On May 14, 1796, Edward Jenner took pus from a cowpox pustule and inserted it into a young boy in the first deliberate attempt of vaccination. Through his research, he determined that this would protect the boy from deadly smallpox.
Early in his life, Edward Jenner apprenticed to a local surgeon. Then he went to London to finish his training. He returned to his hometown to set up his business. He worked with smallpox and wanted to research a way to make people immune. An old wives tale talked about how dairymaids never had smallpox. The women that worked with cows had clear skin that testified to their resistance to smallpox.
As Edward Jenner researched this tale, he noticed that most dairymaids at some point ended up with cowpox. This disease started on cows and would transfer to the maids that worked with them. A fairly mild illness, it did not last long or cause many difficulties. Jenner realized that somehow the cowpox protected them from smallpox.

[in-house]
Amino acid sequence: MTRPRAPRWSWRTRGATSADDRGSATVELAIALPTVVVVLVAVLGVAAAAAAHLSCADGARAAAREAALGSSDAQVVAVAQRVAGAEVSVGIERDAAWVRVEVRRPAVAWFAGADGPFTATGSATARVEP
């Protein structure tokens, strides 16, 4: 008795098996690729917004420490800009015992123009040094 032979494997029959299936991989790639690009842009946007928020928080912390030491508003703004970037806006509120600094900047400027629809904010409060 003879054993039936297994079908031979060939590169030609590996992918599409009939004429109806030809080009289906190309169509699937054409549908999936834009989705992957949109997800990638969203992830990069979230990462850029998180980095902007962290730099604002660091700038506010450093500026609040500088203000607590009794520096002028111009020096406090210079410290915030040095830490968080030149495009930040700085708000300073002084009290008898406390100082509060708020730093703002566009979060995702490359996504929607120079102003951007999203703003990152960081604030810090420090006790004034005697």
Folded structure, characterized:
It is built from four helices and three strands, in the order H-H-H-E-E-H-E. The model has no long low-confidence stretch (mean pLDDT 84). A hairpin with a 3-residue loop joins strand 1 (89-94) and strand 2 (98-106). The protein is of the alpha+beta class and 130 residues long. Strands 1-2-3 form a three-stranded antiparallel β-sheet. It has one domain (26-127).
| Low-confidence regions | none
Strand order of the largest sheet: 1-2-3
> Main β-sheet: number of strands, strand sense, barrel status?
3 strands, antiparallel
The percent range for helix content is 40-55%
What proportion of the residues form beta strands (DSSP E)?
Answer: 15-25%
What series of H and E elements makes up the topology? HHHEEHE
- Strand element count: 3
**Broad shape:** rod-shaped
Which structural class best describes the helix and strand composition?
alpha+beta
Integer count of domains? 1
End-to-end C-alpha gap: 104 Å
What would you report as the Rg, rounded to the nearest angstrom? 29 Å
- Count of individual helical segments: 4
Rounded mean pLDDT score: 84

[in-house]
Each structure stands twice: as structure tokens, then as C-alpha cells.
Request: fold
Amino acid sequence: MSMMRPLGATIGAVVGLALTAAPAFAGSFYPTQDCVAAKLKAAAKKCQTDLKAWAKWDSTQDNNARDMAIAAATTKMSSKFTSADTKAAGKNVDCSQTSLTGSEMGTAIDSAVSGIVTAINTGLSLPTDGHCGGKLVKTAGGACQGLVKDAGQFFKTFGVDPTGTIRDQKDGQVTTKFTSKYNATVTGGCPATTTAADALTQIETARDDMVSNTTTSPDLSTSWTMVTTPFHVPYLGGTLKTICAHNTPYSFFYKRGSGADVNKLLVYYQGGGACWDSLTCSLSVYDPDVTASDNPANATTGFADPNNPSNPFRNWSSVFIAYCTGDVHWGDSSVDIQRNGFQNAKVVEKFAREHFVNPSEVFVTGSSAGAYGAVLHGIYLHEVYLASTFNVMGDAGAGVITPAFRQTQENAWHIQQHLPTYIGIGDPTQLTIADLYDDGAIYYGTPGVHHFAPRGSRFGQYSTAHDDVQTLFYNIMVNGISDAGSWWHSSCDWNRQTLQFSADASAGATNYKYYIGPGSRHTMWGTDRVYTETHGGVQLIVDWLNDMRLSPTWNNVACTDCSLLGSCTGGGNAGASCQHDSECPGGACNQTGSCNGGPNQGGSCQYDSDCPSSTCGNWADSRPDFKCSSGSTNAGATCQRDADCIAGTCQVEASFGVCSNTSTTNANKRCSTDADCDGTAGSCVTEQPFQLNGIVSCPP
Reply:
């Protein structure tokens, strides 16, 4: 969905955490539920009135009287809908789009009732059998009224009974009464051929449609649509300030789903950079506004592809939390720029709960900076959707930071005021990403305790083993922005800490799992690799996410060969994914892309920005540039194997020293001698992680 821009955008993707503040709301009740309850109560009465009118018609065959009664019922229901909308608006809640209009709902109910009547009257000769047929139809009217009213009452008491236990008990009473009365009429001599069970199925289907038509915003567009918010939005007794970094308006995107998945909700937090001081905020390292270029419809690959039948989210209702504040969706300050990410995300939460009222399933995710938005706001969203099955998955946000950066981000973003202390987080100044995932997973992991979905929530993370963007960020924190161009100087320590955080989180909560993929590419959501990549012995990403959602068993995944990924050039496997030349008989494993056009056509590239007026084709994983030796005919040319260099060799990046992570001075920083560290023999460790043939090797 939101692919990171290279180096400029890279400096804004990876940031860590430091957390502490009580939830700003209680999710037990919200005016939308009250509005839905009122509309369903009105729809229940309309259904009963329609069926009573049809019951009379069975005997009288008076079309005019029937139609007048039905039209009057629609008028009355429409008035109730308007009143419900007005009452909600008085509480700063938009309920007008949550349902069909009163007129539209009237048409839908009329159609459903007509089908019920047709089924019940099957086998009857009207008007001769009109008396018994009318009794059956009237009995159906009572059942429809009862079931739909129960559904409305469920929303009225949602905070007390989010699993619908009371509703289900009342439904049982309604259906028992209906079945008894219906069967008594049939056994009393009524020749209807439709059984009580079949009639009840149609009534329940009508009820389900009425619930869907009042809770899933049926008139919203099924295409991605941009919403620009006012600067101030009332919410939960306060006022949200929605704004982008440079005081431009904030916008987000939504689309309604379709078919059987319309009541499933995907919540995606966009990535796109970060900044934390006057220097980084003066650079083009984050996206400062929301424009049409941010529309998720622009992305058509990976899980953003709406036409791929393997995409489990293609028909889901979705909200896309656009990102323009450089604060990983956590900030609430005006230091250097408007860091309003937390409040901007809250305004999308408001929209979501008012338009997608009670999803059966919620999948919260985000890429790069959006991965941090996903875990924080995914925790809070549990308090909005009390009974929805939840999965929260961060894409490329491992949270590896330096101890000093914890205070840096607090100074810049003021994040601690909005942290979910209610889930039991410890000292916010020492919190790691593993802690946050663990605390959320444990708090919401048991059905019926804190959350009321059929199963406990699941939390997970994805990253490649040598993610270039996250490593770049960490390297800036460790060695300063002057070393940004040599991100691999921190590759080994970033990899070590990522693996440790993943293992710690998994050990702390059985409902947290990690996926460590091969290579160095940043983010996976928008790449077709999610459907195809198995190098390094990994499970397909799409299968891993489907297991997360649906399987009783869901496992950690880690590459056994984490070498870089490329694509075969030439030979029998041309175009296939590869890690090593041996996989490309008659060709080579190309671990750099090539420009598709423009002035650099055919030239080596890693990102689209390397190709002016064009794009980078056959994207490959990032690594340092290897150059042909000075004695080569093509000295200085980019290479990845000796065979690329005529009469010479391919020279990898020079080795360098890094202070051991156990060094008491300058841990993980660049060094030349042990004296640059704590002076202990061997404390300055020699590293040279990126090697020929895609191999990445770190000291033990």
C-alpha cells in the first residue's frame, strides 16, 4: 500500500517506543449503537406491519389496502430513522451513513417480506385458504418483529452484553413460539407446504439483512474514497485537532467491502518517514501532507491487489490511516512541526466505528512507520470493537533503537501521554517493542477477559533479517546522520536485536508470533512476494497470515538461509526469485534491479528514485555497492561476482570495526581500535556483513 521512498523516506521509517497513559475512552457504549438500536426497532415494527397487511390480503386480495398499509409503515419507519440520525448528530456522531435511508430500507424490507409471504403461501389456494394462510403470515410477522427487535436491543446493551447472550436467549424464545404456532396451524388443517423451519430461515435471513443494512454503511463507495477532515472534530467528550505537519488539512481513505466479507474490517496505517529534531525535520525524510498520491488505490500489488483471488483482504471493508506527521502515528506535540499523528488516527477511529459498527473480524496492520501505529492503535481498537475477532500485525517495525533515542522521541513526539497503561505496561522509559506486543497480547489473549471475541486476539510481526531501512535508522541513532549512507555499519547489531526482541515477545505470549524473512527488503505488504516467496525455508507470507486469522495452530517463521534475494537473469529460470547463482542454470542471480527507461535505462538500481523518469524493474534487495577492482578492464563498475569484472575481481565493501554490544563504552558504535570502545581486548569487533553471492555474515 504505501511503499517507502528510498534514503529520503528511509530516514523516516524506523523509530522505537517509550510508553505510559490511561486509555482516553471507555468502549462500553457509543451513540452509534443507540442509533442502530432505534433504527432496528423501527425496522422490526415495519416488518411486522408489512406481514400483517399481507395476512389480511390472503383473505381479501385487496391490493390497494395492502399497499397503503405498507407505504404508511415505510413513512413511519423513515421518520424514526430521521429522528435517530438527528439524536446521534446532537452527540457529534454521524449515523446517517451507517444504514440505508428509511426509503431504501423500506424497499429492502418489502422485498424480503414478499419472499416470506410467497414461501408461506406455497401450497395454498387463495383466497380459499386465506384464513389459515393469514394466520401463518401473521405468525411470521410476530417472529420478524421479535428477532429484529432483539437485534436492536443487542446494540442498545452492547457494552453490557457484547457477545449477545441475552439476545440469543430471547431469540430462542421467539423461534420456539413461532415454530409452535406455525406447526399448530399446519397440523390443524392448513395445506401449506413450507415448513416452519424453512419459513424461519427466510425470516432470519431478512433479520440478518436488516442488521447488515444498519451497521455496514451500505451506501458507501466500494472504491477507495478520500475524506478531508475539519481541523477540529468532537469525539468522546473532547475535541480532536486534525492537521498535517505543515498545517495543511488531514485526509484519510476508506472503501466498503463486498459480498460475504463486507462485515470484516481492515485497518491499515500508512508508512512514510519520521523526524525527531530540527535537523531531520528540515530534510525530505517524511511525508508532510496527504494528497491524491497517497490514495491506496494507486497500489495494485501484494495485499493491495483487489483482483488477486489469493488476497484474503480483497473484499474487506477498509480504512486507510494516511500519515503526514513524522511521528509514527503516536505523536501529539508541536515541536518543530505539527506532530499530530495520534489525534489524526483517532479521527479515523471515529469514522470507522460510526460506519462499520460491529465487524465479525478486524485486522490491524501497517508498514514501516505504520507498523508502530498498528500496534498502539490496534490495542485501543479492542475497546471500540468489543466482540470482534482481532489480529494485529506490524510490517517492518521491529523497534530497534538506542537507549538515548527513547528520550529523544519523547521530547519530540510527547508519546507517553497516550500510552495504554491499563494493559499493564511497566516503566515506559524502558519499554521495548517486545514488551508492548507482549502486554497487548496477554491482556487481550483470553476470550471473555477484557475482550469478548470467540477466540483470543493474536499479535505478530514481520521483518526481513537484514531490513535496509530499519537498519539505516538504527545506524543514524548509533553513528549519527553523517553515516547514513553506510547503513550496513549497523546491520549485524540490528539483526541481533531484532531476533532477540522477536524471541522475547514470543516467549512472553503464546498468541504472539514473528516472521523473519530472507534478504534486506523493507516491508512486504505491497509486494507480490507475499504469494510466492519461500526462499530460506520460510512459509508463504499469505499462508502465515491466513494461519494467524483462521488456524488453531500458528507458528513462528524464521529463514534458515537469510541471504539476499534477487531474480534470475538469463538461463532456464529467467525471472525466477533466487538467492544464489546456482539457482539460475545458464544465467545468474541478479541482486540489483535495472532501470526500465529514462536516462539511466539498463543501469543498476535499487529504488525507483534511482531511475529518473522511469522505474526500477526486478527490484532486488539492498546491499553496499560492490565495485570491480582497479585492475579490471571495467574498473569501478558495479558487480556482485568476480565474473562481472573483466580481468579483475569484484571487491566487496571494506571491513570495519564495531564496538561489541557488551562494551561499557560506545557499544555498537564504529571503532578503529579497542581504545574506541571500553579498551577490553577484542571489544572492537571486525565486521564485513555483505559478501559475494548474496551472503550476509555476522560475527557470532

He then started more in-depth research into this phenomenon. He recorded how many people who had cowpox at one time did not have smallpox even when surrounded by it. Then he took it a step further. In 1796, he took pus from a dairymaid who had cowpox and put it in a small cut of a young boy. Then he watched the boy. The boy had a restless night but then seemed well. To continue his test he then inserted in the boy smallpox. Nothing happened, the boy did not develop smallpox.
With this information and research, Edward Jenner submitted a paper about it. He called what he did vaccination after the Latin word “Vacca” for a cow. Though ridiculed, Jenner did more experiments and proved his work. Eventually, his vaccine became standard. His work help showed that we could prevent certain illnesses. Thus started us receiving vaccinations. Just remember that when you go for your vaccination, it all started with one man and a cow.